A person employed to perform housekeeping tasks, as in a hotel.
American Heritage® Dictionary of the English Language, Fifth Edition. Copyright © 2016 by Houghton Mifflin Harcourt Publishing Company. Published by Houghton Mifflin Harcourt Publishing Company. All rights reserved.


a person who manages a household, a housewife or househusbanda person who is employed to carry out housekeeping duties, for example in a hotel
Collins English Dictionary – Complete and Unabridged, 12th Edition 2014 © HarperCollins Publishers 1991, 1994, 1998, 2000, 2003, 2006, 2007, 2009, 2011, 2014


(ˈhaʊsˌpɜr sən)

someone who manages a household; househusband or housewife.
usage: See -person.
Random House Kernerman Webster's College Dictionary, © 2010 K Dictionaries Ltd. Copyright 2005, 1997, 1991 by Random House, Inc. All rights reserved.
References in periodicals archive ?
Explain to your service staff the purpose of pulling the chairs out when the room is being set up by the banquet houseperson. The reason: to make sure the service staff has enough room to serve without creating a safety hazard.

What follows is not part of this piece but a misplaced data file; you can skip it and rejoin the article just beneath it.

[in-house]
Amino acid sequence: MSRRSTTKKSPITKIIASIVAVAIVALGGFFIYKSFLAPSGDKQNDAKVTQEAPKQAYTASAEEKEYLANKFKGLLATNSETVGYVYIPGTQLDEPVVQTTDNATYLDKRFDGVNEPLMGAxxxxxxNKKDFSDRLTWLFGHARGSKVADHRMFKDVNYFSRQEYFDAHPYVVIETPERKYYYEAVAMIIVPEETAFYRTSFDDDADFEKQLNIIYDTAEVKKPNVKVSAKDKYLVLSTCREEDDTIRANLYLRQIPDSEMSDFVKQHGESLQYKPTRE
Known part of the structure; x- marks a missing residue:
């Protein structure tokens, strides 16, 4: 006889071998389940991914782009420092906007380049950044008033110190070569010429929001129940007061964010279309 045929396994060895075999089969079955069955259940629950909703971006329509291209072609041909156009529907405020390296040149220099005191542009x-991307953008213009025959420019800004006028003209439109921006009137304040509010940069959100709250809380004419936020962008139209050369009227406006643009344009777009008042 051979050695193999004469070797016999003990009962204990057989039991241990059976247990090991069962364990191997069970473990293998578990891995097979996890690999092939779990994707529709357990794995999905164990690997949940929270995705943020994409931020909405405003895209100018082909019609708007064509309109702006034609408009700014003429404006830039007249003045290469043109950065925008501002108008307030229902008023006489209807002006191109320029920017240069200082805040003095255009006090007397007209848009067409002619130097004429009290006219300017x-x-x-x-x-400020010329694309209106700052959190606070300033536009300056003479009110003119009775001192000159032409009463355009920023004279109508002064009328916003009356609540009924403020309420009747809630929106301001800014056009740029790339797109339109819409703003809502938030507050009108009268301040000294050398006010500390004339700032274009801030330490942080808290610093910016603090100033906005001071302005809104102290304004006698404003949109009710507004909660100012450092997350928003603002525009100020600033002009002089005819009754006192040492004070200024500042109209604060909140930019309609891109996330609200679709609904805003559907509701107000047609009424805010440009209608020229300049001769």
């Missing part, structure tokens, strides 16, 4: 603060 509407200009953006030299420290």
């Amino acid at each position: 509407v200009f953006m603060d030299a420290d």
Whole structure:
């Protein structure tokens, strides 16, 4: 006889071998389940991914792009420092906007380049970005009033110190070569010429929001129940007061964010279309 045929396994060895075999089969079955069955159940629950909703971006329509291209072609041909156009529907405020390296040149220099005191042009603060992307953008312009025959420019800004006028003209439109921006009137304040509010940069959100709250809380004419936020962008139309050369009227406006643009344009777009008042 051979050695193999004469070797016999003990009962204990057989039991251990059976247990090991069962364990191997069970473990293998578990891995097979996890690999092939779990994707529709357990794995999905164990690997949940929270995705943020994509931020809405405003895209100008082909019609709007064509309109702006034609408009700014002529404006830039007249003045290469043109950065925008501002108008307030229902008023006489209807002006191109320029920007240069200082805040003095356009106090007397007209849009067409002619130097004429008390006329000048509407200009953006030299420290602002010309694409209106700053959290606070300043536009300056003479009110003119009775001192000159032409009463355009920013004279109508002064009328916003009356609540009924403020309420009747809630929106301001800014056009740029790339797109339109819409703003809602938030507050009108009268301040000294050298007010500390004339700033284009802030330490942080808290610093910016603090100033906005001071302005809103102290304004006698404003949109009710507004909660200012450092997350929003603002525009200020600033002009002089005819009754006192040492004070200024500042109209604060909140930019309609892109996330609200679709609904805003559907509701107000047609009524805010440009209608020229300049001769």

According to the company, the service allows advisers to quote and produce an illustration for individual IP and houseperson's cover through the company's website.
That's why they were at the Culinary Union Training Center for a two-week training course here earlier this year, along with Paul Shaw who was training to be a "houseperson."
Housekeeping Housekeeping Supervises the work of room Manager attendants and housepersons in assigned areas.
Women who don't work can take out a "housepersons" permanent health insurance policy which will pay out if they are unable to perform a number of daily activities.